Mastercard to end prepaid crypto card program with Binance after calling partnership ‘exciting step in our crypto journey’

When Mastercard and Binance announced they were partnering to bring a prepaid crypto card to Brazil, a Mastercard spokesperson said the move was “an exciting step in our crypto journey.”

Now, Mastercard has taken another step in that journey: ending its partnership with Binance.

The crypto exchange’s customer service account announced the breakup in a post on X/Twitter on Wednesday evening. “The Binance Card will no longer be available to users in Latin America and the Middle East,” said the account. “Only a tiny portion of our users (less than 1% of users in the markets mentioned) are impacted.”

Those with Mastercard-linked Binance Cards, which allow customers to use crypto from Binance accounts to make purchases in fiat, will no longer be able to use them beginning Sept. 22 in Argentina, Brazil, Colombia, and Bahrain. Binance said its Mastercard partnership also will no longer include Kuwait, Oman, Qatar, Saudi Arabia, and the United Arab Emirates. Mastercard, when asked to confirm exactly which nations in the Middle East would be affected, said in a later email there were “only four pilot programs in market” without specifying whether one of those was just Bahrain or the entire Gulf Cooperation Council.

A Binance spokesperson responded to a request for comment with the same statement from the initial X/Twitter post, while a spokesperson for Mastercard said in an email to Fortune that waiting to end the partnership until late September “provides cardholders with a wind-down period to convert any holdings in their Binance wallet.” (A Binance spokesperson separately told Bloomberg that Visa, which had a similar partnership, stopped issuing co-branded cards in Europe last month.)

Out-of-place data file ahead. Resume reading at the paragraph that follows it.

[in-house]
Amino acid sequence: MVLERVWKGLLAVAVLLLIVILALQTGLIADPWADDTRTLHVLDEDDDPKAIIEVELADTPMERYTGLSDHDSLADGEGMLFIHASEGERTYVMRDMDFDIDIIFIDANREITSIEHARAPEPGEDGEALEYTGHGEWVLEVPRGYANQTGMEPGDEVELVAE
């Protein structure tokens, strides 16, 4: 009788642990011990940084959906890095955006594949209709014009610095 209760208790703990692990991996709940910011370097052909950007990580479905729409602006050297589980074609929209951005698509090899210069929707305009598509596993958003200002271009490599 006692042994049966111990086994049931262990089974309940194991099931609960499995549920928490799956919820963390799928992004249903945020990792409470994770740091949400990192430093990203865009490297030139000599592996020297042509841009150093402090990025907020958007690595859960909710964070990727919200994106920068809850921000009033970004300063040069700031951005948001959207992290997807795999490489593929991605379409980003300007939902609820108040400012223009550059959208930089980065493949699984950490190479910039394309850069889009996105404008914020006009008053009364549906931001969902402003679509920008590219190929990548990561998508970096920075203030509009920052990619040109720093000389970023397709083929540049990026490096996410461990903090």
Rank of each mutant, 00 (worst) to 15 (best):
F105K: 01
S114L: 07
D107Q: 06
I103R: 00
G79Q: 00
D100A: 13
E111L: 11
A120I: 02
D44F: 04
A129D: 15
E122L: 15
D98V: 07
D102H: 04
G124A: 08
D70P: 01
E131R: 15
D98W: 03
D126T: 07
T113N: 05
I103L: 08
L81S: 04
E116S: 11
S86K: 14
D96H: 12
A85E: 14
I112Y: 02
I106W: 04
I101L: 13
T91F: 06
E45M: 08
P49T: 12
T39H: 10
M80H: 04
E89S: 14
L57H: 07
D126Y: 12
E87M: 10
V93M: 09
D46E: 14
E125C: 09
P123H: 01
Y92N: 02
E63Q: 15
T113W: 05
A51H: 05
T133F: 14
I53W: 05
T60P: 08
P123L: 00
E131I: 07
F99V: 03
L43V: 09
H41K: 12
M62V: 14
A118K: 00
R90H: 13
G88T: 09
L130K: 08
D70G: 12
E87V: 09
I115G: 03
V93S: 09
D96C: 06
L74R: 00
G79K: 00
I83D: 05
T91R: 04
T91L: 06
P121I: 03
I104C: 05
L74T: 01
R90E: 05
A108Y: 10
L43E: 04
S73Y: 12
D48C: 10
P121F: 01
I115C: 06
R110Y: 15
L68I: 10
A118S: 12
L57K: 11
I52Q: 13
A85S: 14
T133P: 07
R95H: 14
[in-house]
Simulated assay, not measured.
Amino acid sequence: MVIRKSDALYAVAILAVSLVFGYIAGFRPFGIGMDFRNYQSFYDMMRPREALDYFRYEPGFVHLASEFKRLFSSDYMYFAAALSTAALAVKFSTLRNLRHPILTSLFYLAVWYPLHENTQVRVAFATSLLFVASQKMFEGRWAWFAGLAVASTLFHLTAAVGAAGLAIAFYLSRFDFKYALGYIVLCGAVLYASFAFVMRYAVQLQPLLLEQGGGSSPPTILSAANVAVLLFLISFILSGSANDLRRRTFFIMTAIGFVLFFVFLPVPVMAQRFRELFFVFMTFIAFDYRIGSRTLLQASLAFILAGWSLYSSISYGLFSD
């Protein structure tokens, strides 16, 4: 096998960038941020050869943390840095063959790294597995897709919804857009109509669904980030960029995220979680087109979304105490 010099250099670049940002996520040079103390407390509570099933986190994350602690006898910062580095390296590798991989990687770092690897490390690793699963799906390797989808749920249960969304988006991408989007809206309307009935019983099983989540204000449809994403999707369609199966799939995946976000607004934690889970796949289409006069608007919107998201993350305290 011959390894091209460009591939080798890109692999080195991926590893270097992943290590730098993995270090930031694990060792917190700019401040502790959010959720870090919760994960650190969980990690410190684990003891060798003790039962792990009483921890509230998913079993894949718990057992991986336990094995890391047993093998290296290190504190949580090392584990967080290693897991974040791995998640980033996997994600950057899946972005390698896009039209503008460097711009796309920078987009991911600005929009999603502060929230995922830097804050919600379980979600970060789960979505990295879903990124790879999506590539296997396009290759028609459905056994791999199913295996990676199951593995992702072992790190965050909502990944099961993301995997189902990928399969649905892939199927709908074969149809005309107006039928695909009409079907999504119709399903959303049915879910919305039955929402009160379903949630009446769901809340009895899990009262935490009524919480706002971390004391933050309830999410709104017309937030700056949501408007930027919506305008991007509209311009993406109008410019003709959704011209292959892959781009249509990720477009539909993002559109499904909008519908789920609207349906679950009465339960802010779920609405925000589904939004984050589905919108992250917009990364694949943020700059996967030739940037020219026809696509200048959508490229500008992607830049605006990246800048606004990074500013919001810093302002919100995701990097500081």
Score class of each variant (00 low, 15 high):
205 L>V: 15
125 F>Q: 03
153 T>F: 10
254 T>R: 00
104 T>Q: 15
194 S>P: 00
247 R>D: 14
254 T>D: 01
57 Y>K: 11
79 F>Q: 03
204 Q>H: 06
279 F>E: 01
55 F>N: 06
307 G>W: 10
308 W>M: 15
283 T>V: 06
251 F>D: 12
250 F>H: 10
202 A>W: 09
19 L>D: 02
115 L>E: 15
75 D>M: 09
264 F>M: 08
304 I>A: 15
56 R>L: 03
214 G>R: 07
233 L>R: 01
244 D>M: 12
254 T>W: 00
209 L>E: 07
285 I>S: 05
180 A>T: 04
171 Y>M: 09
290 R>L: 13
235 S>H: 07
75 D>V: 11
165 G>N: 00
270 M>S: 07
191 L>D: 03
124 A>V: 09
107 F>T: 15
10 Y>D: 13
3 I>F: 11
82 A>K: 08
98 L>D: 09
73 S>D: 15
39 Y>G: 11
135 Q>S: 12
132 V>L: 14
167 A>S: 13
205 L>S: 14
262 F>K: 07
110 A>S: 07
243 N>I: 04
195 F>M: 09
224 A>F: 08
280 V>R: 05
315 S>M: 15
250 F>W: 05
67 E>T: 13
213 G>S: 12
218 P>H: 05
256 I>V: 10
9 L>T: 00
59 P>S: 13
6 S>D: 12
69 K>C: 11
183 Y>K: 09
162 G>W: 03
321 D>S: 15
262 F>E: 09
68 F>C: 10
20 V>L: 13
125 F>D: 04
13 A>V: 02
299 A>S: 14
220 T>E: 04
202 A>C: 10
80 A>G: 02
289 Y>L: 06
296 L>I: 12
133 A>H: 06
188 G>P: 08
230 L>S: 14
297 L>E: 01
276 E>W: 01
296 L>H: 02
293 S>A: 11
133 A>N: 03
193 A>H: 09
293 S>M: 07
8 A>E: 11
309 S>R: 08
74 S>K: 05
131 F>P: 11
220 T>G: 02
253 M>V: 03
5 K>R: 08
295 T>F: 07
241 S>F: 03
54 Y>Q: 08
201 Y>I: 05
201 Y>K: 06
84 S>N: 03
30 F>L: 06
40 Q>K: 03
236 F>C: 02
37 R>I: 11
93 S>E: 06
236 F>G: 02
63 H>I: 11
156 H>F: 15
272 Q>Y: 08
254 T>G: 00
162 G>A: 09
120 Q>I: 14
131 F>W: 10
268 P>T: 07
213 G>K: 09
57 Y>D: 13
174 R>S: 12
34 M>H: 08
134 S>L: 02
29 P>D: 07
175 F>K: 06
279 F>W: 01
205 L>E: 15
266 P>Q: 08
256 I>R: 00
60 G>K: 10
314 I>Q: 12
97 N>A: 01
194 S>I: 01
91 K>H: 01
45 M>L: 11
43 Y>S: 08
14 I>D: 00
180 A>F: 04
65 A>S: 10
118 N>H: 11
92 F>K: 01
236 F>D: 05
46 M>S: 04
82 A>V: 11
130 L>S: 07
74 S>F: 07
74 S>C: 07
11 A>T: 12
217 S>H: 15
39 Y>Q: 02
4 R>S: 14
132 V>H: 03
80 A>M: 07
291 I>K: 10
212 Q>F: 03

In a May interview, when asked whether Mastercard was reconsidering its relationships with Binance and other crypto companies in the crosshairs of U.S. regulators, Raj Dhamodharan, a Mastercard executive vice president and the firm’s head of crypto and blockchain, did not respond directly to the question. “[The] safety and security of our network and consumer experiences are the number one priority for us,” he told Fortune.

The winding down of Mastercard’s relationship with Binance comes amid an increasingly fraught legal and public relations crisis for the world’s largest crypto exchange.

In March, the Commodities and Futures Trading Commission sued Binance and its CEO, Changpeng Zhao, over the exchange’s allegedly deliberate efforts to direct American crypto traders away from Binance’s American subsidiary to its more profitable international exchange, among other allegations.

In June, the Securities and Exchange Commission upped the legal ante when it sued Binance and Zhao, filing even more explosive allegations, including claims that the crypto exchange and its CEO flouted U.S. money laundering laws.

And now, Binance and Zhao are facing a potential criminal indictment from the Justice Department, which has prompted a suite of executives to quit over Zhao’s response to the government’s investigation.

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